09 June 2022
Experts are appealing for the public’s help to understand an old inscription on a recently restored sundial in the Peak District National Park village of Butterton.
The discovery of the unusual markings were discovered by a craftsman whilst restoring the piece.
Butterton sundial is a late 18th century metal sundial on top of what is likely to be a medieval stone cross shaft, mounted on a later base and pedestal in the churchyard of St Bartholomew’s Church, Butterton.
Having seen better days and missing its gnomon (the sticky-up bit), the sundial was in need of repair.
Churchwarden Maggie Risby, chair of Butterton History Society, researched the sundial’s history, finding reference to it in church accounts of the late 18th century. There was also a single photograph from a wedding in the 1950s, showing the gnomon still in place.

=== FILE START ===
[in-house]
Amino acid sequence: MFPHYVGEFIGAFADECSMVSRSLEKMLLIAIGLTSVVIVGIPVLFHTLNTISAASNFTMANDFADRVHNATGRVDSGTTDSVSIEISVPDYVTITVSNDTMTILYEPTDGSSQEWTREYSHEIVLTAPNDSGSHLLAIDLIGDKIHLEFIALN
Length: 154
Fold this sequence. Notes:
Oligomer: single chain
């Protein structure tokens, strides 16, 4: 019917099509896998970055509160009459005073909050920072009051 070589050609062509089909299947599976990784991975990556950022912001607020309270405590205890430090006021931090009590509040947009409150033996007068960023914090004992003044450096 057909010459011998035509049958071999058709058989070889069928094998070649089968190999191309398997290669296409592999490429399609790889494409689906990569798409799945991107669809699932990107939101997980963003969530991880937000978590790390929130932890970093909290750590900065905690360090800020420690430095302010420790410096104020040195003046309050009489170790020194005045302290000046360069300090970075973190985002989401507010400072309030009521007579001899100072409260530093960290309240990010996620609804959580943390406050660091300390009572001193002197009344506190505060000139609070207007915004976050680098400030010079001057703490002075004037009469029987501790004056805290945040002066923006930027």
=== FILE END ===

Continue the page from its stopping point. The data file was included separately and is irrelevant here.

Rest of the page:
After discussions with South West Peak cultural heritage officer Catherine Parker Heath, the sundial was adopted by Butterton History Society, as part of the South West Peak Small Heritage Adoption Project. The History Society’s aim was to restore it to its former glory.
With permission from the Diocese, a sundial restorer was found and set to work. This was Alastair Hunter of Macmillan Hunter Sundials. He had the tricky task of removing the remaining base plate to discover how much of the patination (the material on the metal’s surface that had oxidised with age) he could remove to reveal the original markings. This proved to be a very difficult process as the plate was very thin.
During the work, Alastair made the unexpected discovery that there were Gothic script markings on the underside of the plate. The object may have had a previous life as part of something else.
The South West Peak team and Butterton History Society are now trying to decipher the script. If anyone has any ideas of what the inscription is about or what its original use was, then please contact Catherine.ParkerHeath@peakdistrict.gov.uk